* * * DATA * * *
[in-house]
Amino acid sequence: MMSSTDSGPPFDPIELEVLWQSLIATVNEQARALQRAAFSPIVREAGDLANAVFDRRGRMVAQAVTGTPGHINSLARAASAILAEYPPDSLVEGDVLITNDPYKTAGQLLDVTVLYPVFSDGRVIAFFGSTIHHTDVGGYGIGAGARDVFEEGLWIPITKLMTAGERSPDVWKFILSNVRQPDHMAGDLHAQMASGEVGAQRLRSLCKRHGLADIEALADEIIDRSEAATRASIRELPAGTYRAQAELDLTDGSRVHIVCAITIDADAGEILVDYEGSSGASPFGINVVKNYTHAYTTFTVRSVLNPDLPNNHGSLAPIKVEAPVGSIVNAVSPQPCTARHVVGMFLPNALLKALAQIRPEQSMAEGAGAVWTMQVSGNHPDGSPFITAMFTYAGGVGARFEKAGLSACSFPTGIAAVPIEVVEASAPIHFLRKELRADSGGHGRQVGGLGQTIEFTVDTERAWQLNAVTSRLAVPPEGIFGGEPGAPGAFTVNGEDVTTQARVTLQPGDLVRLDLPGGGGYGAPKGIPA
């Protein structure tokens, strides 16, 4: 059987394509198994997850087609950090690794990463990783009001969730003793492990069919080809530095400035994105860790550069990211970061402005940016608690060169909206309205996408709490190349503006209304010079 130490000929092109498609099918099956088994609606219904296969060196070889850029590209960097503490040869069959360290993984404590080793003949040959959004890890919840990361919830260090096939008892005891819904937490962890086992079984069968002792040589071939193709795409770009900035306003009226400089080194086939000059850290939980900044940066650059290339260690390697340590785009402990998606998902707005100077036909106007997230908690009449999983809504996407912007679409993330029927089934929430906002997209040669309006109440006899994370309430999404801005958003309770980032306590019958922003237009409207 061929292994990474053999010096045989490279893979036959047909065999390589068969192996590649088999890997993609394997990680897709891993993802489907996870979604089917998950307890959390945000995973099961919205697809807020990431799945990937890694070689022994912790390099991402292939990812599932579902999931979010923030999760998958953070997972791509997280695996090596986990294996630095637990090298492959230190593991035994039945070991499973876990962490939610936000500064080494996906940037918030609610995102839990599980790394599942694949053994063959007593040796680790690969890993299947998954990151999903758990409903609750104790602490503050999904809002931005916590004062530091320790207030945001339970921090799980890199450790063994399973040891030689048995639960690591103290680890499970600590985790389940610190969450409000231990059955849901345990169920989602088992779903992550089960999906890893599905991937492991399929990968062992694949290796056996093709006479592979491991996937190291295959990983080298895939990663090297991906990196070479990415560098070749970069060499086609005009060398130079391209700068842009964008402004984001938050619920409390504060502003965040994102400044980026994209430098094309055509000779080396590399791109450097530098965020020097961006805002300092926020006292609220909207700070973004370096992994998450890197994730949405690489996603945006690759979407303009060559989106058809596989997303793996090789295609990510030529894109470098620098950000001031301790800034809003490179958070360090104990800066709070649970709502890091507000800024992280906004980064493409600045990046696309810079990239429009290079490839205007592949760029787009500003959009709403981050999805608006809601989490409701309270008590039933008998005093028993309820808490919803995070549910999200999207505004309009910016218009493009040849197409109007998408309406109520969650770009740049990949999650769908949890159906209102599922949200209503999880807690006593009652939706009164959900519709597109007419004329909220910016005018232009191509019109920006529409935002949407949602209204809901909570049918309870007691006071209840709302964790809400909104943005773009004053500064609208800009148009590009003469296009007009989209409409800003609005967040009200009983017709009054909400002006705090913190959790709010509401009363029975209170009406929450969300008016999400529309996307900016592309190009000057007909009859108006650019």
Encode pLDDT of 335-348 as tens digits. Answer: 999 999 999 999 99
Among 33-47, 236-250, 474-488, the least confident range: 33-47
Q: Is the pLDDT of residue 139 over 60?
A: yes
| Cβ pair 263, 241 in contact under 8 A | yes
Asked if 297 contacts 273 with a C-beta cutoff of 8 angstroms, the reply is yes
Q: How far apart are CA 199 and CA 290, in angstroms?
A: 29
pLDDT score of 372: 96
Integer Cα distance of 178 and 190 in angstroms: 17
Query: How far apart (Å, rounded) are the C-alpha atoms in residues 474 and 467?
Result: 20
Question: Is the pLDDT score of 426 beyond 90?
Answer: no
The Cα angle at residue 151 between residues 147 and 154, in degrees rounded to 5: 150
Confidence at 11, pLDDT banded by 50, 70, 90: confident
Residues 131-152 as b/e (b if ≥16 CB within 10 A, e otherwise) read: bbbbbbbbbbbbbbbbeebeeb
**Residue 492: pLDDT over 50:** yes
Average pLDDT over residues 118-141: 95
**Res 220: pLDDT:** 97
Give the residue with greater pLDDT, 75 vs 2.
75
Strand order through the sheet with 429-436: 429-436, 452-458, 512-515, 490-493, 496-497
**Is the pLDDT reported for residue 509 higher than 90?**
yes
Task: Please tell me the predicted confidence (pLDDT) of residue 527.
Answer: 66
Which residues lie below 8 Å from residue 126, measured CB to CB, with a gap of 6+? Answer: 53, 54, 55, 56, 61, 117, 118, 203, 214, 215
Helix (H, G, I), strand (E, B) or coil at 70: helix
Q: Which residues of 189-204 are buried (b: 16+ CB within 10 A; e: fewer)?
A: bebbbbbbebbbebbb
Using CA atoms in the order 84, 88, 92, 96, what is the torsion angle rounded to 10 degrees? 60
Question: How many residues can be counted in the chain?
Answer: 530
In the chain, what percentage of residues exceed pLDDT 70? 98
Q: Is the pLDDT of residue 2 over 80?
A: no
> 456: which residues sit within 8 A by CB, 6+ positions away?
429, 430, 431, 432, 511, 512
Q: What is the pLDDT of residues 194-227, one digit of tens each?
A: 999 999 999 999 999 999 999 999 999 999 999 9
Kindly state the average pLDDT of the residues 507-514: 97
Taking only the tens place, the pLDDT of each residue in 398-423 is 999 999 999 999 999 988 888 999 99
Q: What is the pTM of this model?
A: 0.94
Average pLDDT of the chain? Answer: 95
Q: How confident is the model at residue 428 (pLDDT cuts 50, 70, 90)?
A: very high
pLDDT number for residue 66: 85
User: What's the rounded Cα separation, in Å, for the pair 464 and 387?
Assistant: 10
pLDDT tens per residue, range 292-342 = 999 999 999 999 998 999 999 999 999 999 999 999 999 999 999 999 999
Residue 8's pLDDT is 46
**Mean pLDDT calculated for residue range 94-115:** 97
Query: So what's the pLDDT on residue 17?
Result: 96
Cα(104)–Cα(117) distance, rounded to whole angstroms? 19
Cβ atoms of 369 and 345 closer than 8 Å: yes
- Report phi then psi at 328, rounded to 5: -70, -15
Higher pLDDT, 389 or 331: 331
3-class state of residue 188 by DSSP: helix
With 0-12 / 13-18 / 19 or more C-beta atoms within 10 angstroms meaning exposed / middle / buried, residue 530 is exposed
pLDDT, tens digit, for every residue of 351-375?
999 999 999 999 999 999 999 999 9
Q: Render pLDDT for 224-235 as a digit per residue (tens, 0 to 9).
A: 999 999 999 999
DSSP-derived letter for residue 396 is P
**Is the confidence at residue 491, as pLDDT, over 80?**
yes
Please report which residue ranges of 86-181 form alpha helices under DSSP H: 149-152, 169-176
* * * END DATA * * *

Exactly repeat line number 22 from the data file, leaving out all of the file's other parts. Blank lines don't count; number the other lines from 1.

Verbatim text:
Average pLDDT over residues 118-141: 95